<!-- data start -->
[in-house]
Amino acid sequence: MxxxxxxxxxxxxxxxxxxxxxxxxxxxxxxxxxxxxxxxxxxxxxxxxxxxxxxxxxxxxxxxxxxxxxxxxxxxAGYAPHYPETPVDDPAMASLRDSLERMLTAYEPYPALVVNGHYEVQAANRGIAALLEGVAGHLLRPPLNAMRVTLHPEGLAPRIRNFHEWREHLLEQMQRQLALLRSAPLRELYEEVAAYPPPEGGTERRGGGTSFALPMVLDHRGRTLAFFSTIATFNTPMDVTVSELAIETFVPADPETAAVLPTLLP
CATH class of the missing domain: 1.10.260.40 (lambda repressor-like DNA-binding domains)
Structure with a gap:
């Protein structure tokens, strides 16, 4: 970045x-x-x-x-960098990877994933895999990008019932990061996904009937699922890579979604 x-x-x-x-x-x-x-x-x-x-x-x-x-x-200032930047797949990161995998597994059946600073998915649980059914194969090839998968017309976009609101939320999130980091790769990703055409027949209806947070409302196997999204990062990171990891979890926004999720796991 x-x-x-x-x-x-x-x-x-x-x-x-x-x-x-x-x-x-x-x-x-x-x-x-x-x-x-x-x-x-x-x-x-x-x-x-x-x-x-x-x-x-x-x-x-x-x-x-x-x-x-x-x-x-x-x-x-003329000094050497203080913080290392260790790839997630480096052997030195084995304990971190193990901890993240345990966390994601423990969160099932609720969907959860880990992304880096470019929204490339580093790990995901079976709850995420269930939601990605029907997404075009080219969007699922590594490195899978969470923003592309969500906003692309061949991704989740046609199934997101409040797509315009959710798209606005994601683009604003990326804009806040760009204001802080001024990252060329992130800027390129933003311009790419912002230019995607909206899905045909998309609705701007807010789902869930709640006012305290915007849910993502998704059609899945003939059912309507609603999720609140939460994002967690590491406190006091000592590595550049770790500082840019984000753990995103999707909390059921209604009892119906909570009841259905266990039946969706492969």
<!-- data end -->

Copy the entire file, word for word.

[in-house]
Amino acid sequence: MxxxxxxxxxxxxxxxxxxxxxxxxxxxxxxxxxxxxxxxxxxxxxxxxxxxxxxxxxxxxxxxxxxxxxxxxxxxAGYAPHYPETPVDDPAMASLRDSLERMLTAYEPYPALVVNGHYEVQAANRGIAALLEGVAGHLLRPPLNAMRVTLHPEGLAPRIRNFHEWREHLLEQMQRQLALLRSAPLRELYEEVAAYPPPEGGTERRGGGTSFALPMVLDHRGRTLAFFSTIATFNTPMDVTVSELAIETFVPADPETAAVLPTLLP
CATH class of the missing domain: 1.10.260.40 (lambda repressor-like DNA-binding domains)
Structure with a gap:
């Protein structure tokens, strides 16, 4: 970045x-x-x-x-960098990877994933895999990008019932990061996904009937699922890579979604 x-x-x-x-x-x-x-x-x-x-x-x-x-x-200032930047797949990161995998597994059946600073998915649980059914194969090839998968017309976009609101939320999130980091790769990703055409027949209806947070409302196997999204990062990171990891979890926004999720796991 x-x-x-x-x-x-x-x-x-x-x-x-x-x-x-x-x-x-x-x-x-x-x-x-x-x-x-x-x-x-x-x-x-x-x-x-x-x-x-x-x-x-x-x-x-x-x-x-x-x-x-x-x-x-x-x-x-003329000094050497203080913080290392260790790839997630480096052997030195084995304990971190193990901890993240345990966390994601423990969160099932609720969907959860880990992304880096470019929204490339580093790990995901079976709850995420269930939601990605029907997404075009080219969007699922590594490195899978969470923003592309969500906003692309061949991704989740046609199934997101409040797509315009959710798209606005994601683009604003990326804009806040760009204001802080001024990252060329992130800027390129933003311009790419912002230019995607909206899905045909998309609705701007807010789902869930709640006012305290915007849910993502998704059609899945003939059912309507609603999720609140939460994002967690590491406190006091000592590595550049770790500082840019984000753990995103999707909390059921209604009892119906909570009841259905266990039946969706492969």